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Судебные дела / Зарубежная практика  / Bonnie Warmack and Betty Warmack v. Commissioner., United States Tax Court - Memorandum Decision, T.C. Memo. 1992-431, Docket No. 8200-87., Filed July 29, 1992

Bonnie Warmack and Betty Warmack v. Commissioner., United States Tax Court - Memorandum Decision, T.C. Memo. 1992-431, Docket No. 8200-87., Filed July 29, 1992


Bonnie Warmack and Betty Warmack v. Commissioner.

United States Tax Court - Memorandum Decision

T.C. Memo. 1992-431

Docket No. 8200-87.

Filed July 29, 1992.

Bonnie M. Warmack, pro se. Dennis G. Driscoll, for the respondent.

Memorandum Findings of Fact and Opinion

COLVIN, Judge: Respondent determined a deficiency in petitioners' income tax of $13,748 for 1982, and additions to tax under sections 6653(b)(1) and (2), and 6661 for 1982.

Petitioner Bonnie Warmack and respondent stipulated that petitioner Bonnie Warmack has a $7,799 deficiency and no additions to tax for 1982. The sole issue for decision is whether petitioner Betty Warmack filed a joint Federal income tax return with her husband, petitioner Bonnie Warmack, for 1982. We hold that she did.

Findings of Fact

1. Petitioners

Petitioners resided in Detroit, Michigan, when they filed their petition. Bonnie Warmack is an osteopathic physician (D.O.). He served in the Persian Gulf War as a flight surgeon.

Petitioners filed a joint return for 1980. Bonnie Warmack originally filed a separate return for 1981. Petitioners later filed an amended 1981 return electing joint filing status.

Betty Warmack had a checking account at the National Bank of Detroit in 1982. Bonnie Warmack did not maintain any bank accounts in his name during 1982. Betty Warmack had net income of $480 in 1982.

In 1982, Bonnie Warmack received $34,700 in checks from his professional corporation, Covington Clinic, Inc. Both petitioners endorsed all but four of these checks. The checks were then deposited into Betty Warmack's checking account.

William J. Ivery (Ivery) has prepared Betty Warmack's tax returns for 20 years, and he continues to do so. They met in college almost 30 years ago.

2. Petitioners' 1982 Returns

Petitioners filed a joint Federal income tax return for 1982 on February 16, 1984. The return included both petitioners' income. Petitioners did not sign the return. Their income tax preparer, Ivery, signed the return.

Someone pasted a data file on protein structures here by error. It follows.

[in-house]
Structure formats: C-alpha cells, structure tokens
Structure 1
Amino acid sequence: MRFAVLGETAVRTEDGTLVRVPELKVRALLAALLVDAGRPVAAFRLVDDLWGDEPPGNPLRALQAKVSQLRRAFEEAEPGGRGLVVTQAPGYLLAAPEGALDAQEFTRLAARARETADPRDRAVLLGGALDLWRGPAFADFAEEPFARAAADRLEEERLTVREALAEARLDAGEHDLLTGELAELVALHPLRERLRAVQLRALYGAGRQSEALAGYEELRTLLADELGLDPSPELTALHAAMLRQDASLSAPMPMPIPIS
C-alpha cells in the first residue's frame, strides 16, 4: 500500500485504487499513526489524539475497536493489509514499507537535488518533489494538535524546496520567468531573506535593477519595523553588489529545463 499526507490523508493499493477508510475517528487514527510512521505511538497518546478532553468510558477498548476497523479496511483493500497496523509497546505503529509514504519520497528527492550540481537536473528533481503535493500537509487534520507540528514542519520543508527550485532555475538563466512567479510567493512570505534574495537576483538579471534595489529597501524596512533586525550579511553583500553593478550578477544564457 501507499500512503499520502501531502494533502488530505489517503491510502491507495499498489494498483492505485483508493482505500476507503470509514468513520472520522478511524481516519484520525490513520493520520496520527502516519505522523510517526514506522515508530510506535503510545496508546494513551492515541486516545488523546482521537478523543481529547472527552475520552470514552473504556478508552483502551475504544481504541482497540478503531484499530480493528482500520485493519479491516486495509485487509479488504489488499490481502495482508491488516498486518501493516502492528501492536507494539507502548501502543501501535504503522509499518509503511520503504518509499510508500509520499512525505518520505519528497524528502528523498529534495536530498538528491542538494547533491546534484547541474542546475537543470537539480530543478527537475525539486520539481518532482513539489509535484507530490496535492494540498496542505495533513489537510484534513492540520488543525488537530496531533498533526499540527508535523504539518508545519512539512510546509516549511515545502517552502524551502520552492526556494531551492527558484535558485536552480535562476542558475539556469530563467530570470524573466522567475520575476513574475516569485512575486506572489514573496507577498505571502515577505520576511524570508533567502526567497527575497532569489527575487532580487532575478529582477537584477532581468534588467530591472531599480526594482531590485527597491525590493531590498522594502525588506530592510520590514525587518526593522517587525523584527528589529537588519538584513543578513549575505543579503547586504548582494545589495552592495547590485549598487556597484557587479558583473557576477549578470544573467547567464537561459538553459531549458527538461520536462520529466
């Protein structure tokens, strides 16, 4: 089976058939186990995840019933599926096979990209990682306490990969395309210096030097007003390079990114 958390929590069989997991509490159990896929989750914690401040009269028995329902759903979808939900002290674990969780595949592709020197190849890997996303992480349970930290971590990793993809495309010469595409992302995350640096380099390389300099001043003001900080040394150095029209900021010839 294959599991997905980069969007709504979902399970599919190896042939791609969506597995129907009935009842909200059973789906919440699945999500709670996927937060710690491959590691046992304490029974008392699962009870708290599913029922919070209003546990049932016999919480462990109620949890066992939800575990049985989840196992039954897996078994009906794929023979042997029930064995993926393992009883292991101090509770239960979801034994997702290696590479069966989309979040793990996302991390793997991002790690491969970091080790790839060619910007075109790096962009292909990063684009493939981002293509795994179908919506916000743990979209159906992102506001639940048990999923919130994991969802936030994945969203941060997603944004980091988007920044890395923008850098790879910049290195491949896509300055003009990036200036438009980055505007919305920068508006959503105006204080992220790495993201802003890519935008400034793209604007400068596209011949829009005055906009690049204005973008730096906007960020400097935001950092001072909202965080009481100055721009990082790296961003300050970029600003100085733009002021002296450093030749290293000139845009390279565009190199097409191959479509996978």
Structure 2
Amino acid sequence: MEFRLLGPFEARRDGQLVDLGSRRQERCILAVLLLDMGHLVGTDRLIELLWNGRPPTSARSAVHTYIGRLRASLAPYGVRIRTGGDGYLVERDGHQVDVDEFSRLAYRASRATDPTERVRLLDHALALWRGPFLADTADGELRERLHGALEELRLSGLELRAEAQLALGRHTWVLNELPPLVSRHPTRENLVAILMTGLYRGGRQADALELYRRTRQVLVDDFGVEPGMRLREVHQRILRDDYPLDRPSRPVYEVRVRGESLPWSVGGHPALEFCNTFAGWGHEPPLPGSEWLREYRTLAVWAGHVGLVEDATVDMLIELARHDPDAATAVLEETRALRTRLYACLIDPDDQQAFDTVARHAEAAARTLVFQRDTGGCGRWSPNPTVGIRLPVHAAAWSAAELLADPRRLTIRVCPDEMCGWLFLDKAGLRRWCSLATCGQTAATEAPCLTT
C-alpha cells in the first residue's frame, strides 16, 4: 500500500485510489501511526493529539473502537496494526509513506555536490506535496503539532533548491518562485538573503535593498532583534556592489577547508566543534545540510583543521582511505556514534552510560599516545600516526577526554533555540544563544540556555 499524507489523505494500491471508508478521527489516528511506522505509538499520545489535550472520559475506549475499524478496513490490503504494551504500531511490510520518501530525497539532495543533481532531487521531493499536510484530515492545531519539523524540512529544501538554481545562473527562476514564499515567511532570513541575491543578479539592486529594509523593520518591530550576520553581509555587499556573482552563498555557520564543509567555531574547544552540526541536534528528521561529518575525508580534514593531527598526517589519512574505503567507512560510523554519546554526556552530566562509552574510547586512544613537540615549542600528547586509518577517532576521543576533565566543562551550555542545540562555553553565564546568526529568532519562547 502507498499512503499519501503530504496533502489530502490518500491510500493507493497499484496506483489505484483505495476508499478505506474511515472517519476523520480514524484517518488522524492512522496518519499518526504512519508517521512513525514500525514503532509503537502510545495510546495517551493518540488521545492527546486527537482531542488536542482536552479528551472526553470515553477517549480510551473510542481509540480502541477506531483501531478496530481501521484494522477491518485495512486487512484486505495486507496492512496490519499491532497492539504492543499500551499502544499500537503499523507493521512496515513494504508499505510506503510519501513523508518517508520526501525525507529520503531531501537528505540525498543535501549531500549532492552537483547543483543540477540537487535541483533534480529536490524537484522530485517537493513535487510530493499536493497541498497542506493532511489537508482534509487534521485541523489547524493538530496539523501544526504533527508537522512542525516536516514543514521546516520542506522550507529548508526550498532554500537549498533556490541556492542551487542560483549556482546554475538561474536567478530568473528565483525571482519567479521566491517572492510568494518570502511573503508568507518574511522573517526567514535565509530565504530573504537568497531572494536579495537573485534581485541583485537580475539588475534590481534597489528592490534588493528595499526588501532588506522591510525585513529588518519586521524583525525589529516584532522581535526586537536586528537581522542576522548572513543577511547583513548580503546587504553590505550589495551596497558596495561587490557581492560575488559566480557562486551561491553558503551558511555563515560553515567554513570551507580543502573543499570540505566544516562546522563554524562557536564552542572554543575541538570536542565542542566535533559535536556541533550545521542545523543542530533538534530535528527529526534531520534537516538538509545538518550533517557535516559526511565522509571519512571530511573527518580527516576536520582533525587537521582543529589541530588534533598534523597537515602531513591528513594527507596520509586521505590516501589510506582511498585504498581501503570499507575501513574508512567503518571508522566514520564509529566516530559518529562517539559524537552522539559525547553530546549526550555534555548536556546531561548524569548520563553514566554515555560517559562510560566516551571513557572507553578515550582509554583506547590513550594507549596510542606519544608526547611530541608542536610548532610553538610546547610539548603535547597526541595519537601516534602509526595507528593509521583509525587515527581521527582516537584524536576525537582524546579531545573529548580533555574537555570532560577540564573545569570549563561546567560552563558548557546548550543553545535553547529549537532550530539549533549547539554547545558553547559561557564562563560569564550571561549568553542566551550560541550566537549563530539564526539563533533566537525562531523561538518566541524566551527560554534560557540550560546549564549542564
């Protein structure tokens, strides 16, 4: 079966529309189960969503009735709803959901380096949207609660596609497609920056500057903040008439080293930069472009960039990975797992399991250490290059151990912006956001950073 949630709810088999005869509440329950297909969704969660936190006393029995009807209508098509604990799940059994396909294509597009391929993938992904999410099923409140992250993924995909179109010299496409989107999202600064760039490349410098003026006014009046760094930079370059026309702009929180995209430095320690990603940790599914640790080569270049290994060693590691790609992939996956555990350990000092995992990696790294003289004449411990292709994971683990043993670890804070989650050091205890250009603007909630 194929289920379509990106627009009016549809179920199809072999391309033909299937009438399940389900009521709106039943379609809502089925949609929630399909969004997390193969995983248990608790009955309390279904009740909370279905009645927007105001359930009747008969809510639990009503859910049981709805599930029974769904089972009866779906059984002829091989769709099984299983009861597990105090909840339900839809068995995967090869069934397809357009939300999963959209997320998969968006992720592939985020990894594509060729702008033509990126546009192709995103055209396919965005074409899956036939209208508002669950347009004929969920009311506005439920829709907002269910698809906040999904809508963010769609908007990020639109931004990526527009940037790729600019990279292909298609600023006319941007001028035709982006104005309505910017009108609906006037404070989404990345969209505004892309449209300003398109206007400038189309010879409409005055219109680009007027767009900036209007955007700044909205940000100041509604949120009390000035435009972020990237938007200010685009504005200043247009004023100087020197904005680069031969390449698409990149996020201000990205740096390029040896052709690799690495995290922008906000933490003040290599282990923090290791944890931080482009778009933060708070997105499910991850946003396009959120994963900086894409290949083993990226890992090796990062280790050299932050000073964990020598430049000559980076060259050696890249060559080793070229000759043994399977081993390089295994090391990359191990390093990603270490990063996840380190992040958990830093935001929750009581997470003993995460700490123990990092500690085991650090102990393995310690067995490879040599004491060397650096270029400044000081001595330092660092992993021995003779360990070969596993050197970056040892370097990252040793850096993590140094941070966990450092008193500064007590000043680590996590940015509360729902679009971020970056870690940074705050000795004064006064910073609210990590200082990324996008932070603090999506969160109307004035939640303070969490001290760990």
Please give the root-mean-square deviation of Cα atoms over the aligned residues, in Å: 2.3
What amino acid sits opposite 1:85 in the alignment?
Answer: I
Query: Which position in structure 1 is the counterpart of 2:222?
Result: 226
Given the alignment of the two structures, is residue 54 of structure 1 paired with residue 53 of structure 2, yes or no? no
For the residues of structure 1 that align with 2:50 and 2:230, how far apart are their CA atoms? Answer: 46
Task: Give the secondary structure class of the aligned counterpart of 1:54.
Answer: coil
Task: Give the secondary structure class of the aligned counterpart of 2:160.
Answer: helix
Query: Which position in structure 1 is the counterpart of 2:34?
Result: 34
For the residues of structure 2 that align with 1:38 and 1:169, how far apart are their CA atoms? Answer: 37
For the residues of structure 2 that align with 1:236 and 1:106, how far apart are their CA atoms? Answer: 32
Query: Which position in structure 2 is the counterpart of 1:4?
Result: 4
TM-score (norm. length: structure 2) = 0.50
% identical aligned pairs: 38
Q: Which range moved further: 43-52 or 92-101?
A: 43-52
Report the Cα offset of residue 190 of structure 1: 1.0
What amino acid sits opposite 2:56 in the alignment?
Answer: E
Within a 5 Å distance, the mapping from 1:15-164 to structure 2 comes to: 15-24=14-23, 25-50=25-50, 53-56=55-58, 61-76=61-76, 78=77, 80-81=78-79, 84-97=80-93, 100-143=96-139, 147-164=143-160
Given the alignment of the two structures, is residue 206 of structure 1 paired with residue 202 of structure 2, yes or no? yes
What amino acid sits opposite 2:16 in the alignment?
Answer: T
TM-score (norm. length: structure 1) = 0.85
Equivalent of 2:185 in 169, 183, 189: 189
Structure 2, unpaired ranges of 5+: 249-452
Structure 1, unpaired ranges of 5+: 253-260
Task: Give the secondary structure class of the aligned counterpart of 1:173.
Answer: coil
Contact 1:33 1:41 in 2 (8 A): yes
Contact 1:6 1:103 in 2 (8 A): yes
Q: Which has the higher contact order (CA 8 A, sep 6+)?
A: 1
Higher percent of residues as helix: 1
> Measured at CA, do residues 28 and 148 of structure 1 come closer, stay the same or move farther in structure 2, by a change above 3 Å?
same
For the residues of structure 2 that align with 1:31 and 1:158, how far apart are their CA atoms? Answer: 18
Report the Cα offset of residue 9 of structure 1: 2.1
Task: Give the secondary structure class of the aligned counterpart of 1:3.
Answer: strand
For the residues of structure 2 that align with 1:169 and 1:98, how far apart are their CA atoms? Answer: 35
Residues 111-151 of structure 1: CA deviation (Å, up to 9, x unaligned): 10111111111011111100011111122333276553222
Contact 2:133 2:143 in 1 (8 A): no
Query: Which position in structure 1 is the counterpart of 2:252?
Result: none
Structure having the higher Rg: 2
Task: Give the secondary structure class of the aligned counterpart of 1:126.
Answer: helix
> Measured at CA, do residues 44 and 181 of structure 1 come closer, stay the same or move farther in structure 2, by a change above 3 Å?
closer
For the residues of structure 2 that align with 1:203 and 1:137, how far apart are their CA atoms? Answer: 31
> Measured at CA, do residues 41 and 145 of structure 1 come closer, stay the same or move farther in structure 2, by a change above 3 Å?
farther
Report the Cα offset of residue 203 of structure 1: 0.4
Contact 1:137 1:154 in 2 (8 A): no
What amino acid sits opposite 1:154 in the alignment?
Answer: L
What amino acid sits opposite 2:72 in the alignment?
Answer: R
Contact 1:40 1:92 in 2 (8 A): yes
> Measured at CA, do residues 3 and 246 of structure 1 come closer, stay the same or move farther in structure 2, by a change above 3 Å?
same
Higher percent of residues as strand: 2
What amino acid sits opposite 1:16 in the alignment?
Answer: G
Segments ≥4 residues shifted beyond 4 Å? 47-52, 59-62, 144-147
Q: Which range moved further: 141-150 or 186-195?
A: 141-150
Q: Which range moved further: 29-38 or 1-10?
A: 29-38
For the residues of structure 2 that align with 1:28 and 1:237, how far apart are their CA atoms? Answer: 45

While Ivery was out of the country in June 1984, one of his employees, Gail Martin (Martin), prepared an amended 1982 return which did not include Bonnie Warmack's dividend income, but which did include his business deductions. However, Martin did not change the filing status from joint to separate. Ivery's receptionist prepared the heading for the amended return, and checked the box for married filing jointly.

Petitioners' amended return contained the following explanation for the change to the return: "Corporation income put on personal return in error on original return under dividend income." It did not state that petitioners' filing status was incorrect on the original return.

Petitioners filed the amended return for 1982 on October 30, 1984. Petitioners and Ivery signed the amended return.

Petitioners did not file another amended return for 1982 to change their filing status.

Betty Warmack's income was reported on both the original and amended 1982 returns.


The issue for decision is whether petitioners filed a joint return for 1982. Petitioners argue that they did not intend to file a joint return for 1982. Petitioners claim that Betty Warmack did not knowingly execute the amended return. Rather, petitioners contend that the amended return showed joint filing status on it due to clerical errors committed by Ivery's staff. Petitioners assert that Betty Warmack presented valid defenses of mistake and inadvertence. Payne v. United States [57-2 USTC ╤ 9889], 247 F.2d 481 (8th Cir. 1957).

Whether an income tax return is a joint return depends on the intent of the spouses. The presence or absence of the signature of one spouse is not determinative. Sharwell v. Commissioner [70-1 USTC ╤ 9142], 419 F.2d 1057, 1059 (6th Cir. 1969), vacating and remanding [Dec. 28,961(M)] T.C. Memo. 1968-89; Estate of Campbell v. Commissioner [Dec. 30,715], 56 T.C. 1, 12 (1971). The determination of the spouses' intentions is a question of fact. O'Connor v. Commissioner [69-2 USTC ╤ 9453], 412 F.2d 304, 309 (2d Cir. 1969), affg. in part, revg. [Dec. 28,586(M)] in part T.C. Memo. 1967-174. Petitioner Betty Warmack bears the burden of proving that she intended to file a separate return for 1982. Rule 142(a); Welch v. Helvering [3 USTC ╤ 1164], 290 U.S. 111, 115 (1933).